The Colorado River is shrinking at the hands of climate change, and the people who decide its future are caught in a standoff over how to share its water. Putting them all in the same room, then, is bound to breed some tension.
The most powerful policymakers in the arid Southwest spent three days in Las Vegas, reviewing the grim state of a river that supplies 40 million people from Wyoming to Mexico.
Federal and state authorities emphasized the need for collaboration to avert catastrophe, but have been reticent to make sacrifices during negotiations over plans that would reduce demand for water.
This year marked the 76th meeting of the Colorado River Water Users Association and the event’s first ever sold-out attendance. Journalists, scientists, farmers and city officials packed the conference center at Caesar’s Palace to watch water managers hash out the river’s future in the public eye.
“There’s no substitute for being face-to-face,” said John Entsminger, general manager of the Southern Nevada Water Authority, which supplies Las Vegas. “It’s a lot easier to talk a little smack, call some people some names, when you’re not looking them in the eye.”
Forecasts show the nation’s largest reservoirs dropping past already-historic lows, threatening the production of hydropower and the ability of water to pass through the nation’s largest dams. The seven states that use water from the Colorado River are scrambling to add to a patchwork of band-aid plans designed to stave off those immediate threats. At the same time, they are pondering a broader reworking of the existing guidelines that govern the river.
“We’ll probably come up with an imperfect alternative that gets us through the next few years as we continue to work on the longer-term, more durable solution,” Entsminger said.
The current guidelines for the river are set to expire in 2026, and states are largely focused on coming up with new ones before that deadline. A century-old agreement governs how water is allocated across the arid Southwest. Meanwhile, some experts suggest that agreement, the Colorado River Compact, should be replaced to meet the modern demands of a region with sprawling fields of crops and booming urban populations.
“I think there is some heavy optimism that hopefully everyone will come to something that we can all agree on,” said Becky Mitchell, director of the Colorado Water Conservation Board, the state’s top water policy agency. “But it is going to take real cuts to everyone.”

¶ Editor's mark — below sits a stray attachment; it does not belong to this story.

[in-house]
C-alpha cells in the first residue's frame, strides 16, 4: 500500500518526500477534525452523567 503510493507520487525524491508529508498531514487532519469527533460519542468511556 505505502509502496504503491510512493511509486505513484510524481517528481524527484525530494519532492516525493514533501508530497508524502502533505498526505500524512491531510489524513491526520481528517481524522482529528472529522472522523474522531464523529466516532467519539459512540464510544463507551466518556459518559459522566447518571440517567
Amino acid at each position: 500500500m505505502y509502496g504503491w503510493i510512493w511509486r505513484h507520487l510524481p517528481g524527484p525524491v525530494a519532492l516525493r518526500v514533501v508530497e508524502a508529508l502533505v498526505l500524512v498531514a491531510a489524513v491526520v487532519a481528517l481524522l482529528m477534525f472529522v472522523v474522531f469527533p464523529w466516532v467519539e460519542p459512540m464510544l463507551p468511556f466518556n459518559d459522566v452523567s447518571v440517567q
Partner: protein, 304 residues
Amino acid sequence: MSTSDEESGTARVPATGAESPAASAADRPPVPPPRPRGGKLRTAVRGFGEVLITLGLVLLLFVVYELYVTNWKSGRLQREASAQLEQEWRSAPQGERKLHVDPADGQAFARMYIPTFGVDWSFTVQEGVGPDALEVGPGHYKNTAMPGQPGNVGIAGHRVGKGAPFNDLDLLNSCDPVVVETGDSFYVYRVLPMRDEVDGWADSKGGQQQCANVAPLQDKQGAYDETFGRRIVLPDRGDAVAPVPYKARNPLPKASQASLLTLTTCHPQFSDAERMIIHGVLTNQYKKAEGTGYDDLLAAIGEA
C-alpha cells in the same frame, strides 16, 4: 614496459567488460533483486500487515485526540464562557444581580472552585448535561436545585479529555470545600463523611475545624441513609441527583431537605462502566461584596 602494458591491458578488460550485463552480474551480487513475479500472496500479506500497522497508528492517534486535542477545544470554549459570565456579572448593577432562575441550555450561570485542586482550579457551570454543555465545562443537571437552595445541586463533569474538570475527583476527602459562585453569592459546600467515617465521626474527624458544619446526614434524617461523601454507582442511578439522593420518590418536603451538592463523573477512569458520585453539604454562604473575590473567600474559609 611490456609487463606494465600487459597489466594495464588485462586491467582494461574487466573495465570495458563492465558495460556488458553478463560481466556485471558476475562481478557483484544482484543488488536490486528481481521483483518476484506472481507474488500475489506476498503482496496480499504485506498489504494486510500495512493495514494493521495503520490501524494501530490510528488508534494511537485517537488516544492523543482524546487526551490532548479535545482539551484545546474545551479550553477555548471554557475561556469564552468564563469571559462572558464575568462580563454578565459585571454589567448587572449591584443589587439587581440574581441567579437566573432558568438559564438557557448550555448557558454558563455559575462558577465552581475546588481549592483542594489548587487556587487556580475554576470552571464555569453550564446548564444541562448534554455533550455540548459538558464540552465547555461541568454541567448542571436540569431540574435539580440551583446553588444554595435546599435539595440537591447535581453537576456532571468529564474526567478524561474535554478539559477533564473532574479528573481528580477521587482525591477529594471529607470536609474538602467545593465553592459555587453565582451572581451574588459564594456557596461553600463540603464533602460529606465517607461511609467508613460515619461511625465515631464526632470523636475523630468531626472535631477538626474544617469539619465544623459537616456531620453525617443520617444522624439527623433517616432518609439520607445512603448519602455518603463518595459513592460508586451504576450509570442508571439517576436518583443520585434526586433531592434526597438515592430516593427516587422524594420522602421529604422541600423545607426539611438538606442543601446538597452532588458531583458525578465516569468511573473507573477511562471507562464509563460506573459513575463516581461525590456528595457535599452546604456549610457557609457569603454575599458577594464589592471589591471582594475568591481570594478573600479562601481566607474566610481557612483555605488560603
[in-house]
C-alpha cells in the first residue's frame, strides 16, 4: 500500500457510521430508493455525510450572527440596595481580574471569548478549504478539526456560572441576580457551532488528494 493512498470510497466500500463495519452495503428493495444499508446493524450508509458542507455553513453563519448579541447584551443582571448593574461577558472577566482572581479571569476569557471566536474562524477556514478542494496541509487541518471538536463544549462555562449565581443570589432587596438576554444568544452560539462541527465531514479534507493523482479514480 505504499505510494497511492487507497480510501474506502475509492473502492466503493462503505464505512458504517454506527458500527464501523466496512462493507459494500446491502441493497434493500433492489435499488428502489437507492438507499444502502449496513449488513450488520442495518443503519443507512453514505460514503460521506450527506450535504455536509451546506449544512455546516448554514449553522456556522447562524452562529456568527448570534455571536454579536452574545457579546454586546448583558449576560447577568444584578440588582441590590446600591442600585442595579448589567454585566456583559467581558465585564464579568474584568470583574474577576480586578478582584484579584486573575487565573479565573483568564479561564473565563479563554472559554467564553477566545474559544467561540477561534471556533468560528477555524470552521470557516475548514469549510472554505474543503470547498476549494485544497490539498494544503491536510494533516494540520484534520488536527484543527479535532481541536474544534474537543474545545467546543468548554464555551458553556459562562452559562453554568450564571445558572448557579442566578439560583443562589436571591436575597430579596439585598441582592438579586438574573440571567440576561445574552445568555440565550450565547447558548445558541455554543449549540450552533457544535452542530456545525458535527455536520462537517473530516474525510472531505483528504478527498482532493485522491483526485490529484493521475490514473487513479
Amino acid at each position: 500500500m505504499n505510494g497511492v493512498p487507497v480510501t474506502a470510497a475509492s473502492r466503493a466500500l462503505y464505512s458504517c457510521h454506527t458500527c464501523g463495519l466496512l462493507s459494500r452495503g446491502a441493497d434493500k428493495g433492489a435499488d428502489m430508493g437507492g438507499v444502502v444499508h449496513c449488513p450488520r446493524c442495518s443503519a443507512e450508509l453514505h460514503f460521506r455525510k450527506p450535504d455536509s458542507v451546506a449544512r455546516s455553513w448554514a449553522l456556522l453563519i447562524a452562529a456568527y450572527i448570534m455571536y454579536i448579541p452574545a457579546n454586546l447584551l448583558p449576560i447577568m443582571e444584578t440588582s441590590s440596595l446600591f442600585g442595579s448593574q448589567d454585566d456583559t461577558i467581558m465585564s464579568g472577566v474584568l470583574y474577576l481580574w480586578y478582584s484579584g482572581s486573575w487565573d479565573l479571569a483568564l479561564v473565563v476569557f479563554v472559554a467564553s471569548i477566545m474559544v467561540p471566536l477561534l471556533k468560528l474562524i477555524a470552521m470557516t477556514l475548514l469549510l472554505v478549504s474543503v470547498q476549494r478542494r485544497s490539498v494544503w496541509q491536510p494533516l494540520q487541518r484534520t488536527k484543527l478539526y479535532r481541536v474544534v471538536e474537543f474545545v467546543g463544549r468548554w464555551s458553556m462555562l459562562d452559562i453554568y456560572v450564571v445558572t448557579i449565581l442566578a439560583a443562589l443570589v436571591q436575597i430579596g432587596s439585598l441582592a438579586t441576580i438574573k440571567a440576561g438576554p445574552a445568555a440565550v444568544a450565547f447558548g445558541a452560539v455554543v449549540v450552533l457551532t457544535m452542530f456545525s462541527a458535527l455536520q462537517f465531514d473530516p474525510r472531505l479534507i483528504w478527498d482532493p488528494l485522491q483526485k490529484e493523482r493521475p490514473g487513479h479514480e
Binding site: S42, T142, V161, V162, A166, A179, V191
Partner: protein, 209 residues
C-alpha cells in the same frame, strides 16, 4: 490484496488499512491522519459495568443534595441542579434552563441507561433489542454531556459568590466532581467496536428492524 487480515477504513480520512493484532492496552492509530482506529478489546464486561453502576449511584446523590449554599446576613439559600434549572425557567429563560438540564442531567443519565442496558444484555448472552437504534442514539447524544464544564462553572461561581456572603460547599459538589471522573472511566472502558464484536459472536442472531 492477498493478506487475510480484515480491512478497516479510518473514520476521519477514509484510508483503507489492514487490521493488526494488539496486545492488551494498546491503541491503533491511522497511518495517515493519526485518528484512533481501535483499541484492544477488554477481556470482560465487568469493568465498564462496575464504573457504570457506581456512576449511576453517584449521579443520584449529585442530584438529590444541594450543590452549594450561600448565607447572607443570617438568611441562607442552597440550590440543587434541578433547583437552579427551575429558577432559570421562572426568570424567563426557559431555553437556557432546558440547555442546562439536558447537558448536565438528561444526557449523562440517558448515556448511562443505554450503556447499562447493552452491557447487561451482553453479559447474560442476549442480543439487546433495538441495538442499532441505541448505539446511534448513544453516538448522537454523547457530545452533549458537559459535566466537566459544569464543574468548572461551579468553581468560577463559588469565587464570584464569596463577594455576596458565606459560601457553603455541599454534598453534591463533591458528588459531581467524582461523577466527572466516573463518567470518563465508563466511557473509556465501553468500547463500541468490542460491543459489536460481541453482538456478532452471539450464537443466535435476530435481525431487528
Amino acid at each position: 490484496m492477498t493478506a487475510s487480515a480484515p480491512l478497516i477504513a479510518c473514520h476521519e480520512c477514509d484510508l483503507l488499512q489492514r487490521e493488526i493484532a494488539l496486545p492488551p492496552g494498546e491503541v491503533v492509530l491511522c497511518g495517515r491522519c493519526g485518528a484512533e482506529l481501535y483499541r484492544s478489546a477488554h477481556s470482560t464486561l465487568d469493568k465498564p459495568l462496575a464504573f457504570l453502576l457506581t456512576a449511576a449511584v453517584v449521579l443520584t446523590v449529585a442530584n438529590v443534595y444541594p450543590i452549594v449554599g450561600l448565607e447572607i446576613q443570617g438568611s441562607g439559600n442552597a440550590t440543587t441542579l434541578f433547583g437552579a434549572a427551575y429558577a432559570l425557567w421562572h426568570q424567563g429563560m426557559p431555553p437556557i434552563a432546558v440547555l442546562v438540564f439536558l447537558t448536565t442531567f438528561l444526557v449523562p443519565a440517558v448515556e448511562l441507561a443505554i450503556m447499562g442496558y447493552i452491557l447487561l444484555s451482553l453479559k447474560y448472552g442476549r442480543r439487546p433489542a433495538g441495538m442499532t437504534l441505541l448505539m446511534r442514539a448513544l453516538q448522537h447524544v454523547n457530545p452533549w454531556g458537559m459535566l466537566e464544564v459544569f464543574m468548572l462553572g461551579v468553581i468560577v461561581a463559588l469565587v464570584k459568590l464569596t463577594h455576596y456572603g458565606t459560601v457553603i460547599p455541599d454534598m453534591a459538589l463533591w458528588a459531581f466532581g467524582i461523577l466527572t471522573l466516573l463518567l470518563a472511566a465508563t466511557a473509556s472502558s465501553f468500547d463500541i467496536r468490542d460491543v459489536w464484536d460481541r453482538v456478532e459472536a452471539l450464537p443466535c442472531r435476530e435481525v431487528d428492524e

In past years, the annual Las Vegas Conference was the stage for the unveiling of landmark water conservation deals. This year, the Upper Colorado River Commission announced the revival of its conservation pilot program, but policymakers generally forwent the flashy press conferences of years past.
Bill Hasencamp, manager of Colorado River resources for the Metropolitan Water District of Southern California, said it felt inappropriate to engage in celebrations in the face of a “really dire situation.”
That same spirit, he said, was the reason basin states decided to nix plans for a traveling exhibit celebrating the 100-year anniversary of the Colorado River Compact in collaboration with the Smithsonian Museum.
Many state delegates to the water conference shifted focus toward the future and an upcoming Supplemental Environmental Impact Statement from the Biden administration. That statement could tweak river management rules drawn up in 2007, reducing the amount of water released from Lake Powell and Lake Mead, and forcing some states to deal with mandatory cuts in 2023 and 2024.
“Over the last several months, there has been a lot of silence,” Hasencamp said. “But at this conference, I do hear a renewed commitment to work together.”
The Bureau of Reclamation, which manages the region’s largest reservoirs and dams, is set to release a draft of the Supplemental Environmental Impact Statement in the spring, and is fielding alternatives from states until the end of January.